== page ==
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A revocable trust is taxed at the personal level of the grantor. Depending on the specific tax legislation in the jurisdiction in which you reside, this can actually lead to more favourable taxation than when the trust is taxed separately. Furthermore, revocable trusts can help reduce hefty estate taxes associated with a living will.
The assets held in a revocable trust are generally better protected than those which are held in your personal estate. It is more difficult for creditors and courts to claim the assets held in a trust, even if it is revocable. In addition, revocable trusts receive FDIC (Federal Deposit Insurance Corporation) protection. FDIC usually protects money held in a bank account up to $250,000, but this amount increases for revocable trusts. The owner of a revocable trust receives FDIC protection of up to $250,000 per beneficiary, to a maximum total of $1,250,000. So, for those with a large estate, a revocable trust provides a way to increase the insurance coverage of your personal assets.
A revocable trust provides a private means to pass on your wealth to your heirs. When assets are distributed by means of a living will, the transactions enter into a public record that anyone can track. This allows anyone to see the names of your beneficiaries and what each inherited. On the other hand, when assets are distributed through a revocable trust, it is done so privately.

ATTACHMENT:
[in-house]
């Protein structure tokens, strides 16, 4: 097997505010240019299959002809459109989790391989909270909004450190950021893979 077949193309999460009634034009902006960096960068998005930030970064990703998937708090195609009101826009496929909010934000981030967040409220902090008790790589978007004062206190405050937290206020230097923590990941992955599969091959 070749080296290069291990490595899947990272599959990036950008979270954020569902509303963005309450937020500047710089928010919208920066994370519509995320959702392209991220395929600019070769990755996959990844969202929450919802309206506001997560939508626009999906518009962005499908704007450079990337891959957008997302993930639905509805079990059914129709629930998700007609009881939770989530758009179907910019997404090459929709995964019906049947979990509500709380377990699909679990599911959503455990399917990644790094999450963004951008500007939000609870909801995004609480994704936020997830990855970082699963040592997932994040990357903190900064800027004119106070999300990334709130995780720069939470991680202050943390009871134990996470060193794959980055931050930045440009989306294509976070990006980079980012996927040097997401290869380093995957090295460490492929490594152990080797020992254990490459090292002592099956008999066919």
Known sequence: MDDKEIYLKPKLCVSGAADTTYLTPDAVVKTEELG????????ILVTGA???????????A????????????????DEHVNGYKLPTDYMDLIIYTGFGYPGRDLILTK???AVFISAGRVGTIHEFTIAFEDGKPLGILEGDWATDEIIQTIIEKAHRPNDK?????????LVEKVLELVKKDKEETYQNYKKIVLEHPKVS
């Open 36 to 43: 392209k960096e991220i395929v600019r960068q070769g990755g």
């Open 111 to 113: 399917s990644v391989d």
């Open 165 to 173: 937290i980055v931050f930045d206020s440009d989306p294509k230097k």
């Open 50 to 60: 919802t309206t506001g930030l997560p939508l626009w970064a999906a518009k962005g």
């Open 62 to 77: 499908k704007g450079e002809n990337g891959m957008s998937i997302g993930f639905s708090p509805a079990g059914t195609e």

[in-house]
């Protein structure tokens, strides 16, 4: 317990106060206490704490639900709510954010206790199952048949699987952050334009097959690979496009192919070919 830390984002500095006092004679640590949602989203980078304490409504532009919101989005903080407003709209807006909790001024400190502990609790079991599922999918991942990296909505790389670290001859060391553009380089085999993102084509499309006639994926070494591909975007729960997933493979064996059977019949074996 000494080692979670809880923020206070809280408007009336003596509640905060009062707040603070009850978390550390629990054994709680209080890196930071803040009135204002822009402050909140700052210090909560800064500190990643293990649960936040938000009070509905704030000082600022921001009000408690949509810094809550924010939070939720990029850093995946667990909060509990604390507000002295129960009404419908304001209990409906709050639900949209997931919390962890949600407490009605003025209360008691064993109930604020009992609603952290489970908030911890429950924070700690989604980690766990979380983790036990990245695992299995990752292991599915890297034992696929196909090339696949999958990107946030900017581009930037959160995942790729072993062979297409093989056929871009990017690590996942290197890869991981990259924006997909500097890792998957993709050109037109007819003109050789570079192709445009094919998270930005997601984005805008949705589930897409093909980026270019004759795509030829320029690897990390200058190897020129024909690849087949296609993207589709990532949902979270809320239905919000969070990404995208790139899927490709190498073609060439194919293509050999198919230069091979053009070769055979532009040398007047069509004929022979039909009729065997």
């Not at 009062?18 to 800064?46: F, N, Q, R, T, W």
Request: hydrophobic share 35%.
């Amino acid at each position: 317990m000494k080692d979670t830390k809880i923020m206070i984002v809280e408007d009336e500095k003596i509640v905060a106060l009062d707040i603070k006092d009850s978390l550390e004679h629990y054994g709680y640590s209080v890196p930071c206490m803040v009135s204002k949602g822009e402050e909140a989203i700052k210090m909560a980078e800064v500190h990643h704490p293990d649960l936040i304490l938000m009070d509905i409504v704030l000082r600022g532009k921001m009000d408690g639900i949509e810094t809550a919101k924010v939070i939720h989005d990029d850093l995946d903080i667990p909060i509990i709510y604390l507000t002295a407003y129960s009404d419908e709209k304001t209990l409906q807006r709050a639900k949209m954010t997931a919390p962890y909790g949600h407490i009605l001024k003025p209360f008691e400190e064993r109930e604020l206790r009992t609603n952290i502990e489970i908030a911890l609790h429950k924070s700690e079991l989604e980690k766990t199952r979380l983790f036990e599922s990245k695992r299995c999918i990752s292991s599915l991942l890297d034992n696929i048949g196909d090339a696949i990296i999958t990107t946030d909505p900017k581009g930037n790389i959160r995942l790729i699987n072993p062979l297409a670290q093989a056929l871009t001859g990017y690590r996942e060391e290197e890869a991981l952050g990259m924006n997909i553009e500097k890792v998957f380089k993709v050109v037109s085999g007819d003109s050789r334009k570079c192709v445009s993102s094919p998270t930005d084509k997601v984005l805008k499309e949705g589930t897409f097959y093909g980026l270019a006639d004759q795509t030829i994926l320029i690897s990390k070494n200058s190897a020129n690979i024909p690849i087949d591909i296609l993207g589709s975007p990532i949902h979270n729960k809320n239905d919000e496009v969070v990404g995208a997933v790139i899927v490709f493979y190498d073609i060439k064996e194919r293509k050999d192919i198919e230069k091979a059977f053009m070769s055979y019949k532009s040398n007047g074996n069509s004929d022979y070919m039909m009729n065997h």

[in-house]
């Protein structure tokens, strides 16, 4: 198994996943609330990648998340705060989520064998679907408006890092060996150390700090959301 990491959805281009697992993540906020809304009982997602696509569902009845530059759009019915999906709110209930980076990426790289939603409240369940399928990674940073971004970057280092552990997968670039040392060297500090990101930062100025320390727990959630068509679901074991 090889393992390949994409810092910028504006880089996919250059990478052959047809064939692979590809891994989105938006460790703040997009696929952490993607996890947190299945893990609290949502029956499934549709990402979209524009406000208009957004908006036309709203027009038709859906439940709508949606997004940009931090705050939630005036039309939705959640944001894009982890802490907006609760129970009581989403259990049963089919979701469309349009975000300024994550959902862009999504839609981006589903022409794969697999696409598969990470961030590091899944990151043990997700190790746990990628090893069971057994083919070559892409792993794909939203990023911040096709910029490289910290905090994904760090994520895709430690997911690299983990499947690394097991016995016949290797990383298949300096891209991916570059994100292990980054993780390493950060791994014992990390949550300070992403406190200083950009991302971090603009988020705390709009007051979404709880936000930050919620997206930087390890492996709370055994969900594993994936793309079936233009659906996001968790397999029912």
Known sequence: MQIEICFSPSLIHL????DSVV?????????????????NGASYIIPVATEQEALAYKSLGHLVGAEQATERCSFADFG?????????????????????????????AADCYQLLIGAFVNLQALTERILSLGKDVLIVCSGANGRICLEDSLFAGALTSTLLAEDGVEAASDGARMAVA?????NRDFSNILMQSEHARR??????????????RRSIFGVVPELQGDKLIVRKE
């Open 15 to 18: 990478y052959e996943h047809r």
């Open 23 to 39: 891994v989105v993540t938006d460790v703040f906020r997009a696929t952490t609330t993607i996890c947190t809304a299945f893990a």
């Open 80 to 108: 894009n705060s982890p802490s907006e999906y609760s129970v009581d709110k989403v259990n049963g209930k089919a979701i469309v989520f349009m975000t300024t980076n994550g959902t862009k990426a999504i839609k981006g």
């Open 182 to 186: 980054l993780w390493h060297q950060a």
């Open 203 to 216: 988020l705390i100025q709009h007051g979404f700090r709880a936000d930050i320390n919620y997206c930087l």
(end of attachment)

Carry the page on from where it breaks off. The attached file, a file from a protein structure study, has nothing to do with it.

A revocable trust can serve as a powerful and versatile estate planning tool. It can also be used for personal wealth protection and tax optimisation. Whether a revocable trust is the right instrument for you depends on your specific circumstances and objectives. In general, if you are looking for the best way to transfer your estate to your heirs, a revocable trust is preferred over a living will for the reasons outlined above. Furthermore, you have the peace of mind knowing that you remain in full control over the assets and can change or terminate the terms of the trust at any time.
Trusts are complex financial instruments to structure and establish in the right way. For that reason, it is worth consulting with a trust expert or attorney who can help you determine the best type of trust for your needs, and walk you through the process of setting it up.
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*Note for U.S. citizens: US citizens are limited in their tax reduction possibilities due to FATCA and CFC laws. Opening an offshore company can increase privacy and asset protection, but you can not eliminate your taxes without giving up your citizenship. If you are a US citizen you are obligated to pay taxes on all worldwide income. Read more here about FATCA and CFC laws.